You’ve got two days to file your taxes, so right now you’re probably not feeling all that warm and fuzzy about the IRS. I know I’m not. And this is part of the problem. When you ask a teenager what they want to be when they grow up, they might say, “an accountant!” but the chances of saying, “I want to work for the IRS!” is pretty slim.
This is becoming a real problem for the IRS, who wants to recruit Millennials to work for it, and is finding out that Millennials don’t want to work for them. Why? Because the IRS not only does work that makes you extremely unpopular at dinner parties (“What do you do?” “I work for the IRS, seizing people’s homes for unpaid taxes”), their systems are outdated, according to an article at Bloomberg.
So, basically, they aren’t on the top of most people’s lists of dream jobs. Your business shouldn’t have as bad of a reputation as the IRS, and (we hope) that your new start up isn’t using 1980s technology, but what if you’re not hip and happening? What if there are huge problems? What if your funding is shaky and you don’t know how to manage and your co-founder is no better? Then, how do you hire? Here are some tips.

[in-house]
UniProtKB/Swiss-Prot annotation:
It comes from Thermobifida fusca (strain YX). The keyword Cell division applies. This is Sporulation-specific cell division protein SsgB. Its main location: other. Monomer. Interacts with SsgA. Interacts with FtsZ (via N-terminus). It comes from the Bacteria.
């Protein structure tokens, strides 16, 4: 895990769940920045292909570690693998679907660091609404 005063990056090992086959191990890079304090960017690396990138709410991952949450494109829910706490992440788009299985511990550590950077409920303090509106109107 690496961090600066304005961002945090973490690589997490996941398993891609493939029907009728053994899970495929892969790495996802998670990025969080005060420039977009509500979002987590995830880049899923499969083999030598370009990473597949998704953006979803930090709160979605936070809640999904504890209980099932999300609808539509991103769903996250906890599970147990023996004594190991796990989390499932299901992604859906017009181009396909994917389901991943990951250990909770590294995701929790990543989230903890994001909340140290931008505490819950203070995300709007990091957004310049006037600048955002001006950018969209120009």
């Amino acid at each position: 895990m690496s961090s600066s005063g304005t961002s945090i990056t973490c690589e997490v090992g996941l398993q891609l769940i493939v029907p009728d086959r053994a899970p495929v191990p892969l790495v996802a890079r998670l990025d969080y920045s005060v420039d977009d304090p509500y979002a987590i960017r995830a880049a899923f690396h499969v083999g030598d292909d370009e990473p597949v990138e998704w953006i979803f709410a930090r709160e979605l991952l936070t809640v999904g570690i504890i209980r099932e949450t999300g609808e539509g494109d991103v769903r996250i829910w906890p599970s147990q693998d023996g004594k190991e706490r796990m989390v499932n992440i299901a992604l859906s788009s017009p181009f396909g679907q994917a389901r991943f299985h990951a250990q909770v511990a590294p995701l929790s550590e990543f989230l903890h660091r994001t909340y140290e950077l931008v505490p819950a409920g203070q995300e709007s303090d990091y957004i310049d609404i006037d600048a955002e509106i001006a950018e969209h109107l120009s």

1. Stop chasing a specific demographic.
I found it interesting that the IRS, according to Bloomberg, is trying to appeal to the Millennials–that is, young people. I guess they forgot to read information published by their fellow government agency, the Equal Employment Opportunity Commission (EEOC), that clearly states that discriminating against older workers is illegal. If you’re purposely chasing Millennials, you’re necessarily discriminating against the over 40 crowd.
Now, granted, if you’re looking to fill entry level jobs, it makes sense to look at people who want entry level jobs–which is going to be largely Millennials. But, you know who else is looking for entry level jobs? Stay at home moms (or dads) who want to return to the workforce after being out for long periods of time, people who have been laid off and have been looking for work for a long time, and people who are looking to change careers. Broaden your search if you’re having trouble filling a job.
2. Clean out the top.
If you are having trouble hiring because your management is poor, don’t keep looking for low-level people to replace the ones who keep leaving. Clean out your top teams. Here’s the thing: If your business is an unpleasant place to work, it’s going to remain an unpleasant place to work as long as you have the same management team.
Read more at INC.COM